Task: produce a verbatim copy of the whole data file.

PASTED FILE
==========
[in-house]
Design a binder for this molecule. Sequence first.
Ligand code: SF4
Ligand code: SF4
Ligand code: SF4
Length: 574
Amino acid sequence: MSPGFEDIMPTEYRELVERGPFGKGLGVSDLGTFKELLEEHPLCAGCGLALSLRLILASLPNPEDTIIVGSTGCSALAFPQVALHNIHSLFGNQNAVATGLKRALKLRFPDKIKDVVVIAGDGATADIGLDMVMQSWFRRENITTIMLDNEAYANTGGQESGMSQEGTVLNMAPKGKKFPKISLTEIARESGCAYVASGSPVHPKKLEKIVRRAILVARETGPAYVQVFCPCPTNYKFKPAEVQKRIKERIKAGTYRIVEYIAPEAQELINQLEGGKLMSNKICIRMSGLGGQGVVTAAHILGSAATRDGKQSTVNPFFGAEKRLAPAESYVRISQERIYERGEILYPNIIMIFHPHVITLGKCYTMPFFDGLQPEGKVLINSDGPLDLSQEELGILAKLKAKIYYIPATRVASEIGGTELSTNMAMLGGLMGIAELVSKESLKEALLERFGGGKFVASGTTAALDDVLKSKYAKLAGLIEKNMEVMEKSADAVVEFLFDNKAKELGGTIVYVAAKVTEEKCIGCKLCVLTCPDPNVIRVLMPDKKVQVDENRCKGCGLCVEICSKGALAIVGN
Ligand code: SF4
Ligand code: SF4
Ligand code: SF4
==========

[in-house]
Design a binder for this molecule. Sequence first.
Ligand code: SF4
Ligand code: SF4
Ligand code: SF4
Length: 574
Amino acid sequence: MSPGFEDIMPTEYRELVERGPFGKGLGVSDLGTFKELLEEHPLCAGCGLALSLRLILASLPNPEDTIIVGSTGCSALAFPQVALHNIHSLFGNQNAVATGLKRALKLRFPDKIKDVVVIAGDGATADIGLDMVMQSWFRRENITTIMLDNEAYANTGGQESGMSQEGTVLNMAPKGKKFPKISLTEIARESGCAYVASGSPVHPKKLEKIVRRAILVARETGPAYVQVFCPCPTNYKFKPAEVQKRIKERIKAGTYRIVEYIAPEAQELINQLEGGKLMSNKICIRMSGLGGQGVVTAAHILGSAATRDGKQSTVNPFFGAEKRLAPAESYVRISQERIYERGEILYPNIIMIFHPHVITLGKCYTMPFFDGLQPEGKVLINSDGPLDLSQEELGILAKLKAKIYYIPATRVASEIGGTELSTNMAMLGGLMGIAELVSKESLKEALLERFGGGKFVASGTTAALDDVLKSKYAKLAGLIEKNMEVMEKSADAVVEFLFDNKAKELGGTIVYVAAKVTEEKCIGCKLCVLTCPDPNVIRVLMPDKKVQVDENRCKGCGLCVEICSKGALAIVGN
Ligand code: SF4
Ligand code: SF4
Ligand code: SF4